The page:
Venues for conferences and large-scale events can range from $950 to $1,250 per hour while speakers and presenters can cost between $4,500 to $8,000 (higher for published authors and celebrities). Social media and marketing can cost $5,000 to $10,000 for large events. These and other findings are outlined below.
Conference Event Budget
- Social Tables gives the following breakdown of large conference budgets:
- Large conference venues are estimated to cost between $950 to $1,250 per hour.
- Food and drinks are estimated to cost $125-$200 per guest for corporate conferences covering 3 meals in a day.
- Speakers and presenters can cost from $4,500 to $8,500 while published authors and celebrities can cost from $25,000 to $100,000.
- On-site staff such as security guards, registration officers, wait staff, etc. can cost between $12 to $40 per hour based on position.
- Travel and hotel expense can cost upwards of $700 per person for a three-day conference event.
- Audio and video can cost $1,100 to $1,400 for equipment and $350 to $450 per hour for staff.
- Printed materials such as signage, banners, programs, etc. can cost $90 to $170 per item.
- Rented chairs, tables, linen etc. can cost upwards of $2,100 per day.
- Souvenirs and swag can cost $2 to $8 per item.
- Experiences such as photo booths can cost between $0 to $800 depending on the type of product/service.
- Entertainment for conferences can cost from $650 to $1,700 per event.
- Decorations can cost from $200 to upwards of $1,000.
- Finally, off-site events can cost an additional $40 per person to $2,000 per event.
Social Media and Marketing
- Event Manager’s research revealed that large event organizers and managers spent $5,000 to over $10,000 on social media.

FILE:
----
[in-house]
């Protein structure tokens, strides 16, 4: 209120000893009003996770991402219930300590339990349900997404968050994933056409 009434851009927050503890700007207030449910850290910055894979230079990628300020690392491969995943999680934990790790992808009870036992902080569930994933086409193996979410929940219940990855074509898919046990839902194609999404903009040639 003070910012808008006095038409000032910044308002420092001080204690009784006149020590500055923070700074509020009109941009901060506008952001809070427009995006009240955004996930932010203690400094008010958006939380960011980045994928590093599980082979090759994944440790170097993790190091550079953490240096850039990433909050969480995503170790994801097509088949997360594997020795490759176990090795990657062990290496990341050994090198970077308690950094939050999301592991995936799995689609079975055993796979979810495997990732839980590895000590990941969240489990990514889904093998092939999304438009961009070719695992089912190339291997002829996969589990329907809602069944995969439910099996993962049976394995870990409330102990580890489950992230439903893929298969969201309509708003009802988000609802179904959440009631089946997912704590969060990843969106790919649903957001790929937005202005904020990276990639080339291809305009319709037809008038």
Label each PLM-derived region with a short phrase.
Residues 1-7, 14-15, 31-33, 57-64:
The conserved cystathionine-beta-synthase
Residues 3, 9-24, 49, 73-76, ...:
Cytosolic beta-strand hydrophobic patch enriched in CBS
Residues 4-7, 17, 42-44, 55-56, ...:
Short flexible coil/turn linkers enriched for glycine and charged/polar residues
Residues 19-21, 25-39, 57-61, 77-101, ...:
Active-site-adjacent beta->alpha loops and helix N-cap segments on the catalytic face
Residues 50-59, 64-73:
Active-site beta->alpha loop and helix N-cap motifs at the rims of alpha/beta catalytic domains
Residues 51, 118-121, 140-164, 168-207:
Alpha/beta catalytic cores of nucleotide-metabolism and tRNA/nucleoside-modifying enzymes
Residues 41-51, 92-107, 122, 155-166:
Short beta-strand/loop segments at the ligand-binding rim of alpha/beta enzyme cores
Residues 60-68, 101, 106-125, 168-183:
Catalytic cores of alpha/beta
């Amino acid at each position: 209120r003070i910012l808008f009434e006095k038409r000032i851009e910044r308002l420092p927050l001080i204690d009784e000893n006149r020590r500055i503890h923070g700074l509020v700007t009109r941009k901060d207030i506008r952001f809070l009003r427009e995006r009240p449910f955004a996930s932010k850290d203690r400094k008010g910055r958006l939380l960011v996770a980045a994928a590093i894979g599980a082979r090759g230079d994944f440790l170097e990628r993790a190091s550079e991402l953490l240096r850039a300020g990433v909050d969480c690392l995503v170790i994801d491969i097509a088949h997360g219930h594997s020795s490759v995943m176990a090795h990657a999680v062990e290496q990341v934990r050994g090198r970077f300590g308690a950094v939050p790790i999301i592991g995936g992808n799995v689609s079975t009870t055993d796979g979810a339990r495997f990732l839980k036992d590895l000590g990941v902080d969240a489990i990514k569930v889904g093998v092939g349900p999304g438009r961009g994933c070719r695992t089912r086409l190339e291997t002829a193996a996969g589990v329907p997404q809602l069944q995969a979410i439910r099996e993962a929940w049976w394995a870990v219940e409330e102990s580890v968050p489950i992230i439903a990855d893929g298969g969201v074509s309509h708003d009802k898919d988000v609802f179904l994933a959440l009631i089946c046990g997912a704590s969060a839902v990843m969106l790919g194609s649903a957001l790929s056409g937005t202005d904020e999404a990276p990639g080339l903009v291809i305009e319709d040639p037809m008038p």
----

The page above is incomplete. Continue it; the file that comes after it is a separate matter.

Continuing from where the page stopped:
- Expenses under social media include software, salaries, and marketing expenses.
- Smaller events spent less than $5,000 for social media while majority of interviewed event managers spent nothing on social media.
- Majority of event planners employ dedicated teams for social media (47%) while only a few event planners outsourced social media staff (10%).
- Event planners specifically used social media to engage attendees prior to the event.
- Event managers reported that Facebook (88.1%) is the most effective media channel to promote events followed by LinkedIn (80.1%) and Twitter (60.4%).
- Social Tables also estimate paid advertising to cost upwards of $5,000 for conferences.
- EventBrite estimates that marketing (43%) makes up the largest cost component of corporate event budgets followed by speakers or talent (32%), printed event materials (29%), and venue (18%).
- Bizzabo’s 2019 Event Marketing Benchmarks and Trends report states that event organizers will increase their spend on event technology by a median of $7,500.
- Event Manager reported that 71% of large event organizers with more than $5 million budget will increase spending on event tech this 2020.
- Social Tables also report that using a customized conference event app as part of event tech costs upwards of $1,500.
- The Oxford Economics Events Industry Council determined that business events generated a global average spend of $704 per participant.
- In North America, this rose to $1,156 average spend per business event participant.
- The 2019 Global Meetings and Events Forecast by UNITED Meetings further report that the global average cost per attendee of internal meetings was $1,000.